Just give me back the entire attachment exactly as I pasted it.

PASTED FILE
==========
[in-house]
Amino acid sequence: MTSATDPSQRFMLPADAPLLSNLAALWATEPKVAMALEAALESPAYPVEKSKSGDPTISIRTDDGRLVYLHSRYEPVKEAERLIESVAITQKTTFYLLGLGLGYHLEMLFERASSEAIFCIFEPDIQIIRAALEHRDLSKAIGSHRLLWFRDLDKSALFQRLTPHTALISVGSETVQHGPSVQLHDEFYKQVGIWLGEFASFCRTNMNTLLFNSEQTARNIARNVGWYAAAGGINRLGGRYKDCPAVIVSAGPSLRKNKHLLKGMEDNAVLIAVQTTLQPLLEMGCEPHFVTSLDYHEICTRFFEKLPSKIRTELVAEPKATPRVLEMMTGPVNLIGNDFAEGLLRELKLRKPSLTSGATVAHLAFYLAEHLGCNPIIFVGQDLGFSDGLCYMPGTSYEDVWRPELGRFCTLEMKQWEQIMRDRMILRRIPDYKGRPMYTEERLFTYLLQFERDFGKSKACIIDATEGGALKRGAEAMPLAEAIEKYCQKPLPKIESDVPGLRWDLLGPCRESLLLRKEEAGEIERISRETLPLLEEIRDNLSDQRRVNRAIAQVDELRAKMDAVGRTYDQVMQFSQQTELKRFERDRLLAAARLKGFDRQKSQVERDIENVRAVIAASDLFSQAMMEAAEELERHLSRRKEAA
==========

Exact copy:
[in-house]
Amino acid sequence: MTSATDPSQRFMLPADAPLLSNLAALWATEPKVAMALEAALESPAYPVEKSKSGDPTISIRTDDGRLVYLHSRYEPVKEAERLIESVAITQKTTFYLLGLGLGYHLEMLFERASSEAIFCIFEPDIQIIRAALEHRDLSKAIGSHRLLWFRDLDKSALFQRLTPHTALISVGSETVQHGPSVQLHDEFYKQVGIWLGEFASFCRTNMNTLLFNSEQTARNIARNVGWYAAAGGINRLGGRYKDCPAVIVSAGPSLRKNKHLLKGMEDNAVLIAVQTTLQPLLEMGCEPHFVTSLDYHEICTRFFEKLPSKIRTELVAEPKATPRVLEMMTGPVNLIGNDFAEGLLRELKLRKPSLTSGATVAHLAFYLAEHLGCNPIIFVGQDLGFSDGLCYMPGTSYEDVWRPELGRFCTLEMKQWEQIMRDRMILRRIPDYKGRPMYTEERLFTYLLQFERDFGKSKACIIDATEGGALKRGAEAMPLAEAIEKYCQKPLPKIESDVPGLRWDLLGPCRESLLLRKEEAGEIERISRETLPLLEEIRDNLSDQRRVNRAIAQVDELRAKMDAVGRTYDQVMQFSQQTELKRFERDRLLAAARLKGFDRQKSQVERDIENVRAVIAASDLFSQAMMEAAEELERHLSRRKEAA